Campaign of the Month: October 2017
Blood and Bourbon
Work-addicted law partner
Dustin looks tired. He always has. He’s prematurely going gray, small but stoutly built, and surprisingly strong for a man of his size. Despite everything he’s gone through, he comes off to most clients as self-confident… or at least able to convincingly fake it.
Dustin was a consummate overachiever his whole life. He graduated at the top of his class in high school, the top of his class as an undergrad, and the top of his class in law school. His extracurricular activity list was long enough to leave him with no time for a social life, and he even played division II football in college as a tight end. He was also the child of two sadistically controlling parents to whom nothing he ever did was good enough to make them happy. When they died in a freak car accident during Dustin’s last year of law school, he lost any opportunity he’d ever have to prove himself worthy in their eyes.
Acknowledging his life was his own never occurred to Dustin. Instead, he threw himself into his work. He poured in 120 hours a week in a frantic effort to make partner and prove himself worthy of his parents’ ghosts. His efforts culminated in a mental breakdown that saw him checked into an metal health ward for almost three months when he was 30. It effectively ended any chances of making partner at the firm where he worked. Many also believe it killed his career.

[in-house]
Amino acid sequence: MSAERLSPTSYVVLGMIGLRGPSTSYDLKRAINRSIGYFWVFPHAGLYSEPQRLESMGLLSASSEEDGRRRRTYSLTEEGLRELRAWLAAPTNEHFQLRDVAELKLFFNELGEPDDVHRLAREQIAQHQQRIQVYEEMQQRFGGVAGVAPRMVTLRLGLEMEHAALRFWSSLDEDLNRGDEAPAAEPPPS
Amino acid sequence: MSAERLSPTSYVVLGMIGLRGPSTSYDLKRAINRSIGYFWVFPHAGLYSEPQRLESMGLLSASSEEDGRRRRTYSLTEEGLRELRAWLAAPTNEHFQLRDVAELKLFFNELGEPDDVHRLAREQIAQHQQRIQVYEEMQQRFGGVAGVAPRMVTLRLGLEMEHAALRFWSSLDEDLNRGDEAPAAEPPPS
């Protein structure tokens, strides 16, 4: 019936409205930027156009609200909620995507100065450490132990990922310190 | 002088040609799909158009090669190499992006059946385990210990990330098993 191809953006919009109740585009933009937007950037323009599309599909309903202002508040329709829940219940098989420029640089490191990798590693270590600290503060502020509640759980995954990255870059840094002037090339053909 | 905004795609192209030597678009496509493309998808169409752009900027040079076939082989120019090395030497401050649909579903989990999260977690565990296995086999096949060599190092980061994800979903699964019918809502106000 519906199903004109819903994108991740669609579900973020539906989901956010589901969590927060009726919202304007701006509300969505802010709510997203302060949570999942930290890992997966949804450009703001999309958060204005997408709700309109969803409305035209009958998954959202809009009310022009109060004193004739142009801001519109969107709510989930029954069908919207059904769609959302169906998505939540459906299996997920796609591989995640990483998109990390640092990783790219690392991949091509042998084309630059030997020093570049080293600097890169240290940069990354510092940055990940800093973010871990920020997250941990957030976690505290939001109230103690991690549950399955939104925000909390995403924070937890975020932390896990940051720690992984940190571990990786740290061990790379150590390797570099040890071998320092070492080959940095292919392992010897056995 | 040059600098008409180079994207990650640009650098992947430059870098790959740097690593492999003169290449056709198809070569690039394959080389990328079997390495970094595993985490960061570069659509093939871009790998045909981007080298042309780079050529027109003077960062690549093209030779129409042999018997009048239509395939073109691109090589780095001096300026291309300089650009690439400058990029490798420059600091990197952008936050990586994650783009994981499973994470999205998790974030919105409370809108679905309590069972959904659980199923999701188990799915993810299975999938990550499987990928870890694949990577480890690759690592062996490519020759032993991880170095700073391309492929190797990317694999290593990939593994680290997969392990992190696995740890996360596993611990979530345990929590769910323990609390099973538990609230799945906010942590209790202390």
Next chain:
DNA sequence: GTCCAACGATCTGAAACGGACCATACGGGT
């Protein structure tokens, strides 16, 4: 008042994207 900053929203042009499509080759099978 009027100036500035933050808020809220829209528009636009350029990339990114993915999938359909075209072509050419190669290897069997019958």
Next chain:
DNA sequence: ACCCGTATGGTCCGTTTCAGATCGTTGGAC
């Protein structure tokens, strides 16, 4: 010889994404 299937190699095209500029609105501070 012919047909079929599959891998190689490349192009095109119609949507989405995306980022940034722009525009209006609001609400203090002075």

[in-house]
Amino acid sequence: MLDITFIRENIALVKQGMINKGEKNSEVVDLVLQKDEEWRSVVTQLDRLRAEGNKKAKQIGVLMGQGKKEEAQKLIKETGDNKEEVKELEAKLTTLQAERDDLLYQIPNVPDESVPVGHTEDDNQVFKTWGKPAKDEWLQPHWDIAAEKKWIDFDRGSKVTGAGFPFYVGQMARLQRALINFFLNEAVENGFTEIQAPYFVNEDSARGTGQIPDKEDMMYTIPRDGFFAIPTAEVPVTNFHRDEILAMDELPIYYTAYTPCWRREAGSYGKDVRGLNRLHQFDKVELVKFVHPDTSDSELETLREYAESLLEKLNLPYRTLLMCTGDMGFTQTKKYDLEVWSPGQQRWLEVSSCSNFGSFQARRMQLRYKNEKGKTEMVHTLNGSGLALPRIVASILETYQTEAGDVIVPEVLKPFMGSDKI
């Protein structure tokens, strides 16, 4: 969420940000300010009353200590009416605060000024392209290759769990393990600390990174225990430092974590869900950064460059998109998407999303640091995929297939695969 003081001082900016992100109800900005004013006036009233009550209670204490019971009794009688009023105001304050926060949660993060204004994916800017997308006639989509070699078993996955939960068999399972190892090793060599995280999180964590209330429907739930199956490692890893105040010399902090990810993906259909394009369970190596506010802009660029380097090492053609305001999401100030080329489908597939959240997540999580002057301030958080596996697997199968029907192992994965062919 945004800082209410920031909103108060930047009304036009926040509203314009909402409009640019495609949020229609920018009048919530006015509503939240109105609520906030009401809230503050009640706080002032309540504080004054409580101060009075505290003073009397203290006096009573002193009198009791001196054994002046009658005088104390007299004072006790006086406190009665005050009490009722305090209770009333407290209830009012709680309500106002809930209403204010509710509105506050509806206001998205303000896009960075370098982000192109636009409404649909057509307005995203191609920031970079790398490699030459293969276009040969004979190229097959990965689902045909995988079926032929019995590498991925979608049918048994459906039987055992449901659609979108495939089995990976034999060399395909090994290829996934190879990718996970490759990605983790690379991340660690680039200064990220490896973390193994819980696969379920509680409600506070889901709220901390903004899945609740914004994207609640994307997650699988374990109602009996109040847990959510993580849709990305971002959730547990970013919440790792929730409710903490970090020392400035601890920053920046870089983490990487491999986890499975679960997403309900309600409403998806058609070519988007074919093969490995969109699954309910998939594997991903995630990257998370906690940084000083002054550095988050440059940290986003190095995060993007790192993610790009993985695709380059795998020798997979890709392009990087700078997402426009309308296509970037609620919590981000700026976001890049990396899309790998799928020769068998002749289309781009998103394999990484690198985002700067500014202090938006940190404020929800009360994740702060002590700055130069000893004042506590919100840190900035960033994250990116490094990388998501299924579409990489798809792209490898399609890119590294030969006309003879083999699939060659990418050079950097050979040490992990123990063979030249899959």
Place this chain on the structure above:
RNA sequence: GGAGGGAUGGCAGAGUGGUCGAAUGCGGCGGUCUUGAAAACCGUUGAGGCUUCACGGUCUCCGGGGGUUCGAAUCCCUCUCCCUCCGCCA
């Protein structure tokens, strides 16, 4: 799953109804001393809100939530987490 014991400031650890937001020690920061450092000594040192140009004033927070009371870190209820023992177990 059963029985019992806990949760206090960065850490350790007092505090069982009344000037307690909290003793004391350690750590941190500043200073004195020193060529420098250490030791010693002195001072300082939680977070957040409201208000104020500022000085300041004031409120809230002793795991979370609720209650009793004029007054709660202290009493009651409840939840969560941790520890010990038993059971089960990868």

It didn’t, though. When the new firm of Monument Law opened with Dustin’s name on the front door, it was to the surprise of many—and the disgruntlement of no small few who hoped to use Dustin as a workhorse.
Today, Dustin remains addicted to his work, though he half-jokingly describes himself to his partners as “a functional addict.” Many hours of therapy sessions have helped him realize (though perhaps not completely accept) how nothing he did could have obtained the approval he craved from his dead parents. Still, Dustin spent his whole life trying to please others, and that’s been hard to let go of.
He’s found a new outlet through his work as a trial lawyer, and a new source of validation from his victories in court. Dustin is a gifted orator who didn’t captain his school’s debate team for nothing: some would argue he’s actually an even better public speaker than he is a lawyer. Part of what makes Dustin so valuable to his partners, though, is his particular knack for winning cases no one else will touch. He’s willing to take less pressure-intensive work, but Dustin is always at his best when the stakes are high. He particularly enjoys criminal law cases where someone’s future is on the line.
Dustin’s win rate is quickly becoming something of a legend in New Orleans’ legal community and his future once again looks bright. His partners Denise and Gerald are pleased by this, but they still remain wary of entrusting Dustin with particularly high-pressure cases. It clearly means the world for Dustin to see his name—or perhaps his parents’ name—on the firm’s business cards. The two aren’t comfortable at the thought of how he might react to “letting the firm down.” Dustin still takes anti-anxiety medication, and however talented he might be, one can’t always win.
And if there’s one thing Dustin has never done well, it’s lose.